Decolonizing the Indonesian Penal Code

Dicky Sofjan is a core doctoral faculty in the Indonesian Consortium for Religious Studies (ICRS), located in the Graduate School of Universitas Gadjah Mada (UGM), in Yogyakarta.

Indonesia was colonized by the Netherlands through its first ever powerful multinational corporation trading company called the Dutch East India Company for more than 350 years. Although the colonization was far from complete and comprehensive—as Indonesia is notably the world’s largest archipelagic nation, comprising 17,000 islands and occupying three time zones—the laws of the land at the time were established primarily to serve the interest of the colonial masters and to guarantee their political longevity and worldwide economic empire.

While Indonesia declared its independence on 17 August 1945, its former colonizers, the Netherlands government, for many decades recognized 1949 as the year of its colony’s independence, after Dutch forces failed to retake what they thought was theirs through successive military aggressions. Only in June 2023 did the Netherlands government, through Prime Minister Mark Rutte’s statement in Parliament, finally come to terms with Indonesia’s independence and officially recognize it “completely and without reservations.”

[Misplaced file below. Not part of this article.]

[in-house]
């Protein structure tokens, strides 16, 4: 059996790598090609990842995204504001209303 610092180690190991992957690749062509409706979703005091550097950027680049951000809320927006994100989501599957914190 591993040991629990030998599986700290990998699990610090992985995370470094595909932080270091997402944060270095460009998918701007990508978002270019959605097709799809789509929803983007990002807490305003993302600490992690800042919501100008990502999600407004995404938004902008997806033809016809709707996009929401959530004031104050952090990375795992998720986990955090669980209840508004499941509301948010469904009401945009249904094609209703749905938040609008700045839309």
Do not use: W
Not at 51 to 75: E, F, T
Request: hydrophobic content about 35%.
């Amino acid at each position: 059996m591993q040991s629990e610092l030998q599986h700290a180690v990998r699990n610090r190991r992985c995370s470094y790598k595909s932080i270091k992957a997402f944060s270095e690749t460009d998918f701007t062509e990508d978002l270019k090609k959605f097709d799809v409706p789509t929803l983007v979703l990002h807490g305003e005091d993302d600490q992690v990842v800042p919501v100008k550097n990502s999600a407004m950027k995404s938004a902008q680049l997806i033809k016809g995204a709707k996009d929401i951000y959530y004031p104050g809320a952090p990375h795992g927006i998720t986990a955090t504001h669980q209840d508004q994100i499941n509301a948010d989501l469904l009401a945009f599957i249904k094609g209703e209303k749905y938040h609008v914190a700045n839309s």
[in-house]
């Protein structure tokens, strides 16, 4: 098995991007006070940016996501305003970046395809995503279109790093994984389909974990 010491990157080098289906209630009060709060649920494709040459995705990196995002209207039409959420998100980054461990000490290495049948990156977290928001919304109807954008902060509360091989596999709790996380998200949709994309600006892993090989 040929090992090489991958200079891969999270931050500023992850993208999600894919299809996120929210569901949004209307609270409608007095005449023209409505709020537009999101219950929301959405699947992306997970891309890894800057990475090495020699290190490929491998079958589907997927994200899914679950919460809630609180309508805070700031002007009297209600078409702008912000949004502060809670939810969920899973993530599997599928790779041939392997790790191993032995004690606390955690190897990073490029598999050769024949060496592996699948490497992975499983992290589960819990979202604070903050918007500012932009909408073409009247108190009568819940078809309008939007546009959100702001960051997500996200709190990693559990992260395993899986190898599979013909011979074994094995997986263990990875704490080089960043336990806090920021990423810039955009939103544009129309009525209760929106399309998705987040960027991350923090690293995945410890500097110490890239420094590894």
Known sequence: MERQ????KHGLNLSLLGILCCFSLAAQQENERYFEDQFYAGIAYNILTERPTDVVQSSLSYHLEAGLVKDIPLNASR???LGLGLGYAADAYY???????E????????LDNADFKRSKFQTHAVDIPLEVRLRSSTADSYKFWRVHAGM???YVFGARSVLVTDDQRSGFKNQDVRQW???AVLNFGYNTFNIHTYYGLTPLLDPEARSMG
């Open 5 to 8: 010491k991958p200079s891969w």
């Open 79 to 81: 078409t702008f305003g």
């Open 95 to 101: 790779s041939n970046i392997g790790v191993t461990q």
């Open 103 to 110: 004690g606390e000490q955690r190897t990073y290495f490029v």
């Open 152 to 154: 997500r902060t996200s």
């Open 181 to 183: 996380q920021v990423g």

Dutch Prime Minister Mark Rutte meets Indonesian President Joko Widodo / The Netherlands Embassy in Indonesia

Unsurprisingly, Indonesia’s legal system had been influenced by European laws that had little to do with Indonesian sociological, cultural, and religious contexts. Among Indonesia’s “inherited” colonial laws was the “blasphemy law” of UU PNPS/1/1965, formally titled “misuse of religion and defamation of religion.”

Blasphemy laws are typically of European origin and were primarily intended to prevent “religious insult.” European countries that had or still retain blasphemy laws include Andorra, Austria, Denmark, Finland, Germany, Italy, Liechtenstein, Malta, Poland, Spain, and others. France repealed its blasphemy law in 1881 and instead favored laïcité, a hardline form of secularism that attempts to decouple the state from religious organizations. Meanwhile Ireland and Greece repealed their blasphemy laws in 2018 and 2019, respectively. The Netherlands, Indonesia’s former colonial administrator, introduced a blasphemy law in 1934 that essentially prohibited any blasphemous expressions against Christianity. The law, which had not been enforced for half a century, was repealed by the Dutch Parliament in 2012.

National emblem of Indonesia, Garuda Pancasila / Wikipedia